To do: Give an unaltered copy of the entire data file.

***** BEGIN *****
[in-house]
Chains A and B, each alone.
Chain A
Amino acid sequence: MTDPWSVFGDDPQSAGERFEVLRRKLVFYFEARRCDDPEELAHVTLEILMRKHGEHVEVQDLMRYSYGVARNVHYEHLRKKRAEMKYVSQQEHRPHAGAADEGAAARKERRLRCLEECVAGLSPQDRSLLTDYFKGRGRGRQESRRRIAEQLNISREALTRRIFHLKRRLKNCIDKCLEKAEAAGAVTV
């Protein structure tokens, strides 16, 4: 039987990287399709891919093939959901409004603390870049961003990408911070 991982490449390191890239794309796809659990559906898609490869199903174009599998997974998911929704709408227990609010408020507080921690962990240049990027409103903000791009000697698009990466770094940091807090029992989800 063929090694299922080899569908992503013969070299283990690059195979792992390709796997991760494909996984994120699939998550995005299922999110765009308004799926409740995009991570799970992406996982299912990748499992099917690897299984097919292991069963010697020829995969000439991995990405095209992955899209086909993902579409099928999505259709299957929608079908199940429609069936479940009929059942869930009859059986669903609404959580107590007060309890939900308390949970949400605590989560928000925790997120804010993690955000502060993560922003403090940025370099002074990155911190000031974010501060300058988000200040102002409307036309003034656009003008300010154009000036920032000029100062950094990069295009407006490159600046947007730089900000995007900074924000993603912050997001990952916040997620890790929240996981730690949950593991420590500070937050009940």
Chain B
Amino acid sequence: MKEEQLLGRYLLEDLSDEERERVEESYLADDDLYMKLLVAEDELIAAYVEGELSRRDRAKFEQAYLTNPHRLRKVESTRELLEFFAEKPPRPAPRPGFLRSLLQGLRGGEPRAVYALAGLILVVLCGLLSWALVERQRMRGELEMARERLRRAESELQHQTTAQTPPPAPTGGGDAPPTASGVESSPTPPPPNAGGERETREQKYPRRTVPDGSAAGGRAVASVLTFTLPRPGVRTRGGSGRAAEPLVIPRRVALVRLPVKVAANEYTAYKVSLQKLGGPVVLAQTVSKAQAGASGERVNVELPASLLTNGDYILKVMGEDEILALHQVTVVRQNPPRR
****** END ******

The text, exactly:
[in-house]
Chains A and B, each alone.
Chain A
Amino acid sequence: MTDPWSVFGDDPQSAGERFEVLRRKLVFYFEARRCDDPEELAHVTLEILMRKHGEHVEVQDLMRYSYGVARNVHYEHLRKKRAEMKYVSQQEHRPHAGAADEGAAARKERRLRCLEECVAGLSPQDRSLLTDYFKGRGRGRQESRRRIAEQLNISREALTRRIFHLKRRLKNCIDKCLEKAEAAGAVTV
């Protein structure tokens, strides 16, 4: 039987990287399709891919093939959901409004603390870049961003990408911070 991982490449390191890239794309796809659990559906898609490869199903174009599998997974998911929704709408227990609010408020507080921690962990240049990027409103903000791009000697698009990466770094940091807090029992989800 063929090694299922080899569908992503013969070299283990690059195979792992390709796997991760494909996984994120699939998550995005299922999110765009308004799926409740995009991570799970992406996982299912990748499992099917690897299984097919292991069963010697020829995969000439991995990405095209992955899209086909993902579409099928999505259709299957929608079908199940429609069936479940009929059942869930009859059986669903609404959580107590007060309890939900308390949970949400605590989560928000925790997120804010993690955000502060993560922003403090940025370099002074990155911190000031974010501060300058988000200040102002409307036309003034656009003008300010154009000036920032000029100062950094990069295009407006490159600046947007730089900000995007900074924000993603912050997001990952916040997620890790929240996981730690949950593991420590500070937050009940």
Chain B
Amino acid sequence: MKEEQLLGRYLLEDLSDEERERVEESYLADDDLYMKLLVAEDELIAAYVEGELSRRDRAKFEQAYLTNPHRLRKVESTRELLEFFAEKPPRPAPRPGFLRSLLQGLRGGEPRAVYALAGLILVVLCGLLSWALVERQRMRGELEMARERLRRAESELQHQTTAQTPPPAPTGGGDAPPTASGVESSPTPPPPNAGGERETREQKYPRRTVPDGSAAGGRAVASVLTFTLPRPGVRTRGGSGRAAEPLVIPRRVALVRLPVKVAANEYTAYKVSLQKLGGPVVLAQTVSKAQAGASGERVNVELPASLLTNGDYILKVMGEDEILALHQVTVVRQNPPRR